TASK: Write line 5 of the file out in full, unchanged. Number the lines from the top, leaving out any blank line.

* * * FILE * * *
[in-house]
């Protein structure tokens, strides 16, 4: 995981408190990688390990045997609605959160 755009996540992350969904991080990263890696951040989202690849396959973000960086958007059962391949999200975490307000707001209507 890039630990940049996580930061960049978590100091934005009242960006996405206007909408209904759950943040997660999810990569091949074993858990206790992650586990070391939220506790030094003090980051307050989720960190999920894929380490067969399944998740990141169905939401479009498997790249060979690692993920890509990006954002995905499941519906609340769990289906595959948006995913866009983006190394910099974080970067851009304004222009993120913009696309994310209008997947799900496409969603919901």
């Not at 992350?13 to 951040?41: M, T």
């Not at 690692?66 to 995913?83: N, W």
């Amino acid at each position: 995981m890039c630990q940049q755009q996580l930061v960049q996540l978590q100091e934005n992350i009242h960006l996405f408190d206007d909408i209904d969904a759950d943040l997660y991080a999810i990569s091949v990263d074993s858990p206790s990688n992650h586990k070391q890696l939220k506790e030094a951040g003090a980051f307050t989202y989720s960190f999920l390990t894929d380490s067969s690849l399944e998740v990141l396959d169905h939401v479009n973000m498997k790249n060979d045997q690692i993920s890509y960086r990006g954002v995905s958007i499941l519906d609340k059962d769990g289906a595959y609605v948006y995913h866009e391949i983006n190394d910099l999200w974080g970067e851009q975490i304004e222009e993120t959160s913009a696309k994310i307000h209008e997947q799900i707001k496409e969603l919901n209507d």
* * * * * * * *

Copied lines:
């Amino acid at each position: 995981m890039c630990q940049q755009q996580l930061v960049q996540l978590q100091e934005n992350i009242h960006l996405f408190d206007d909408i209904d969904a759950d943040l997660y991080a999810i990569s091949v990263d074993s858990p206790s990688n992650h586990k070391q890696l939220k506790e030094a951040g003090a980051f307050t989202y989720s960190f999920l390990t894929d380490s067969s690849l399944e998740v990141l396959d169905h939401v479009n973000m498997k790249n060979d045997q690692i993920s890509y960086r990006g954002v995905s958007i499941l519906d609340k059962d769990g289906a595959y609605v948006y995913h866009e391949i983006n190394d910099l999200w974080g970067e851009q975490i304004e222009e993120t959160s913009a696309k994310i307000h209008e997947q799900i707001k496409e969603l919901n209507d």